In 2021, Laure Calamy lit the Lido on fire with her thrilling performance as a relentless single mother in Eric Gravel’s Full Time. This year, the actress is returning to that conceptual well in director Cécile Ducrocq’s Her Way, a competently made but narratively unbalanced film about the drastic lengths parents will take to ensure the best future for their children.
Calamy plays Marie, a confident single mother who struggles to make a consistent decent wage as a sex worker in France. Her money troubles only heighten when Marie’s rebellious 17 year old son, Adrien (Nissim Renard), is accepted to Perriander, a prestigious cooking school with a sizable tuition rate. As such, Marie must compromise her moral and professional values in order to provide her son with the best education possible.
While a brief synopsis may make it seem like Her Way is narratively succinct, the final product is as messy as a kitchen during the lunch rush. Ducrocq spends nearly half the film building up to its premise, which minimizes the film’s overall impact. For instance, the first 30 minutes of the film explore Marie’s pursuit to get Adrien accepted into Perriander. This action does further develop Adrien’s agitated attitude and his relationship with his mother, but the approach is incredibly expository and delays the crux of the actual story..
Additionally, the recurring themes of Ducrocq consistently unclear. The first third of Her Way highlights the societal stigmatization of sex workers excellently, as Marie’s profession serves as a barrier for traditional financing (i.e. unable to get a loan or a fair price for her services). However, Ducrocq drops this theme midway through the film in exchange for a much less fascinating exploration of the working environment of a strip club.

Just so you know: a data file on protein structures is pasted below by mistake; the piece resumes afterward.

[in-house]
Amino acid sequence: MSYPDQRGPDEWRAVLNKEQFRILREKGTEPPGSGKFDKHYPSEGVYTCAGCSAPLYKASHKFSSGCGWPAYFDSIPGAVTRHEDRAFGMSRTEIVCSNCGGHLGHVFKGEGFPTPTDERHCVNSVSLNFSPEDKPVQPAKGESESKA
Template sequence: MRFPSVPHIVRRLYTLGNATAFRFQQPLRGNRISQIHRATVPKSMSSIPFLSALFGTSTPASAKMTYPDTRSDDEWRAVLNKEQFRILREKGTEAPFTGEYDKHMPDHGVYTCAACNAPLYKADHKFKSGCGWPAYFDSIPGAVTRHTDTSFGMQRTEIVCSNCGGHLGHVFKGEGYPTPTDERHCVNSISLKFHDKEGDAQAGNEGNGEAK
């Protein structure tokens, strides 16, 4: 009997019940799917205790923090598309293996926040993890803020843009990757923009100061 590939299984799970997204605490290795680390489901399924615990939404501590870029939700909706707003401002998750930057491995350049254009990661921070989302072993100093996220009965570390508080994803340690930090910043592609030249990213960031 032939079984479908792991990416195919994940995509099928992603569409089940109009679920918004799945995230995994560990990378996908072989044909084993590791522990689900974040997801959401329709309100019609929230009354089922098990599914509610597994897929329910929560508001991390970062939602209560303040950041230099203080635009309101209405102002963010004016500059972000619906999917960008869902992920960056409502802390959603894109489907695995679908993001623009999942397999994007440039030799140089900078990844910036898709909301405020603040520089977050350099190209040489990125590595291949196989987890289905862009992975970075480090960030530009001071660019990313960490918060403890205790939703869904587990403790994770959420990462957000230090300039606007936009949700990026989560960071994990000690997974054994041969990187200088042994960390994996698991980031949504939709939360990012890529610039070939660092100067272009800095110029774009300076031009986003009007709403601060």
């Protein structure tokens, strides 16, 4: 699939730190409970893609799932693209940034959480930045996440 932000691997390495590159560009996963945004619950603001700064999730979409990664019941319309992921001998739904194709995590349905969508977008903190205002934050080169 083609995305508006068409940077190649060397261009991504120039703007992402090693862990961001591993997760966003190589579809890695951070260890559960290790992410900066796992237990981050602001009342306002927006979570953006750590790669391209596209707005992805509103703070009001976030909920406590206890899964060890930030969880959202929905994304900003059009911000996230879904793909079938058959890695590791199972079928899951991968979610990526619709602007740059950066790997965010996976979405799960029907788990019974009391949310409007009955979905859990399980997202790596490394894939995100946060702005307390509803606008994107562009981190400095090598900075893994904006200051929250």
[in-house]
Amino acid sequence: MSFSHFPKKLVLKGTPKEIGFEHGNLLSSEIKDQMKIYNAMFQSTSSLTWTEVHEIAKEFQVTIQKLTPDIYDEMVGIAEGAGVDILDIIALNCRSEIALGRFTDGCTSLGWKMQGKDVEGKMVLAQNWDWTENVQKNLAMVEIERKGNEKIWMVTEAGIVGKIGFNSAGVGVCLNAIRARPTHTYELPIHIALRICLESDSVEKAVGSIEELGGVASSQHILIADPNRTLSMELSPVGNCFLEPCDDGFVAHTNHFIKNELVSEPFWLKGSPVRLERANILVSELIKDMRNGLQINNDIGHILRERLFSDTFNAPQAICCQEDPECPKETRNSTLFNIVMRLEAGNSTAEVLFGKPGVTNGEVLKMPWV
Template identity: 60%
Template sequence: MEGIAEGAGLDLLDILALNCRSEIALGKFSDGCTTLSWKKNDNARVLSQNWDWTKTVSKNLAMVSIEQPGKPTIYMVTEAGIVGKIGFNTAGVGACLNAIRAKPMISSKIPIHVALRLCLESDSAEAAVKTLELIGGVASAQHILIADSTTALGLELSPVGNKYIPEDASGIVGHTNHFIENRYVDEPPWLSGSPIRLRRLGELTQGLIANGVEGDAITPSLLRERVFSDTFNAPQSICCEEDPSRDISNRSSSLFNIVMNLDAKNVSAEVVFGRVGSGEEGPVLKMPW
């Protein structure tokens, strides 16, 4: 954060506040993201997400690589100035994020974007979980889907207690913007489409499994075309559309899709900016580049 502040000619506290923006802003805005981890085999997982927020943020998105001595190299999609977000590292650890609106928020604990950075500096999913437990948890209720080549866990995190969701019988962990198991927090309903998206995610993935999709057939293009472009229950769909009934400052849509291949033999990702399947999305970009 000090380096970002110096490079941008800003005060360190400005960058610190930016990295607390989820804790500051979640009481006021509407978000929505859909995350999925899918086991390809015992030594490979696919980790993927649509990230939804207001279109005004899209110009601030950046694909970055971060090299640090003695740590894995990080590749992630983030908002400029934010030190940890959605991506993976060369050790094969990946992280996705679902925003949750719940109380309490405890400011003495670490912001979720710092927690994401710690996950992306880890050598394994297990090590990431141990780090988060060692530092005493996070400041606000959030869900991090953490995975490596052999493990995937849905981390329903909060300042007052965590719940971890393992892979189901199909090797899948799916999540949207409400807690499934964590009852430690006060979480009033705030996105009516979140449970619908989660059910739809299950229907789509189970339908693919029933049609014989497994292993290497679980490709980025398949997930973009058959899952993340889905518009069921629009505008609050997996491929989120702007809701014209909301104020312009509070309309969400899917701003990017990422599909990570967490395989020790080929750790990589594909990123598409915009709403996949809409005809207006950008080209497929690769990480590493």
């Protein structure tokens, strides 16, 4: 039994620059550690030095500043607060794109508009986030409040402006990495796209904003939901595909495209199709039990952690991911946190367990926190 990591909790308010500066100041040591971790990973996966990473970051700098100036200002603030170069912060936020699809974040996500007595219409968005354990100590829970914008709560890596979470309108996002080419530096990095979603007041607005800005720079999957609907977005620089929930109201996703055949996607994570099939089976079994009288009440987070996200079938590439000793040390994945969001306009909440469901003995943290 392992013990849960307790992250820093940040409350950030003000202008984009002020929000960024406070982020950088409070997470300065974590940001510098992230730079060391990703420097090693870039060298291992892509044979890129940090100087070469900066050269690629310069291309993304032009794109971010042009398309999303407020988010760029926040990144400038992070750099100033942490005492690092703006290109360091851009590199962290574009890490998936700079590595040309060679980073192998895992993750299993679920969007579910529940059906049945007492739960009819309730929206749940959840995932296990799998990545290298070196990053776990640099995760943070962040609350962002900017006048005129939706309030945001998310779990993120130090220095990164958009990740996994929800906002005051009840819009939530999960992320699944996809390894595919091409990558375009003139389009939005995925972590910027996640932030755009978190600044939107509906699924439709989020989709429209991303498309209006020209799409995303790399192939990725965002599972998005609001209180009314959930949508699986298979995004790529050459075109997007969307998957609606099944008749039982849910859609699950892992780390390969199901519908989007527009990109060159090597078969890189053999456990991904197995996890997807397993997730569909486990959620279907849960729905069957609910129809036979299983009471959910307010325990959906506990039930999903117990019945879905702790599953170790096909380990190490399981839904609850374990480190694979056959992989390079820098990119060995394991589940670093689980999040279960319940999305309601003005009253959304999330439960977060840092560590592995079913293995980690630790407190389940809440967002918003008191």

While Her Way may be narratively indecisive, both Calamy & Renard are perfectly in tune with their respective characters and elevate the feature. Calamy plays Marie with a well-intentioned abrasiveness works perfectly for the character’s motivations like a pitch-dark version of Barbara Stanwyck’s on-screen persona. Renard’s indignant apathy plays off of his maternal co-star perfectly, creating a surplus of familial tension. The tenuous bond formed between Renard & Calamy also makes several quietly poignant moments during the third act.
Ducrocq’s lack of focus and direction does make Her Way a plodding viewing experience. Having said that, between Calamy’s performance here and in Full Time, it’s quite possible that we are in the midst of an exciting and much-deserved Calam-assance.
The Silver Lining
Towards the end of Her Way, there is a tender moment between Marie and her son that elevated both character by tenfold. Almost no words are spoken by either character, yet the subtle facial expressions of Calamy & Renard speak volumes about the unbreakable bonds between mothers and their sons.
Her Way is a 2022 Glasgow Film Festival official selection and is coming soon to a screen near you.